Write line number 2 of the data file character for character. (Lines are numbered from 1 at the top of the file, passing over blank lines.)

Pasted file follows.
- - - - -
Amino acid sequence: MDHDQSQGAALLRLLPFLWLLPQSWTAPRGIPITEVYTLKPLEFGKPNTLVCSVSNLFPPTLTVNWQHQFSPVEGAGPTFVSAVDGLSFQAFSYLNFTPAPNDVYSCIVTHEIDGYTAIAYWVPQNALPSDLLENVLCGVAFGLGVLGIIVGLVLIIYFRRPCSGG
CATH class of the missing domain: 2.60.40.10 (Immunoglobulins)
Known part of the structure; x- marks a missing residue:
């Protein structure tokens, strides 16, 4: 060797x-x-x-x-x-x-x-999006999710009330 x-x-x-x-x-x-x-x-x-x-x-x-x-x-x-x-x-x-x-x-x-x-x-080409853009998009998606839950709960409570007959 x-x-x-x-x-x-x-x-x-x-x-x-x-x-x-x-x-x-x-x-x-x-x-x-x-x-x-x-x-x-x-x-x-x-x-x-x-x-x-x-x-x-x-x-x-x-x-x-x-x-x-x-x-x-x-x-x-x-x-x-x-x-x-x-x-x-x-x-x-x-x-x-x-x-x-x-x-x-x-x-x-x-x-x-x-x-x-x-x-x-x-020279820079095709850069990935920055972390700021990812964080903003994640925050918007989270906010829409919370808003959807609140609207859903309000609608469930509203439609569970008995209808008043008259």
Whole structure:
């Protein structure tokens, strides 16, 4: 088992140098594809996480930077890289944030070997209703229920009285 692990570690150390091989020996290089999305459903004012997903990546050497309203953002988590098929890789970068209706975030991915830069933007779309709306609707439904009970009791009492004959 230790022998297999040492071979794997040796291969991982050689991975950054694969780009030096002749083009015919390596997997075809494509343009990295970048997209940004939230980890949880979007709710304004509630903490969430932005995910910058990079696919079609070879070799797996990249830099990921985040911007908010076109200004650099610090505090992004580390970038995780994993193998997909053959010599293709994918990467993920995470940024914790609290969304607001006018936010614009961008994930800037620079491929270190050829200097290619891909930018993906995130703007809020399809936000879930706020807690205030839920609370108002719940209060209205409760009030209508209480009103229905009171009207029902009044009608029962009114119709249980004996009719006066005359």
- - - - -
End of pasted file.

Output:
CATH class of the missing domain: 2.60.40.10 (Immunoglobulins)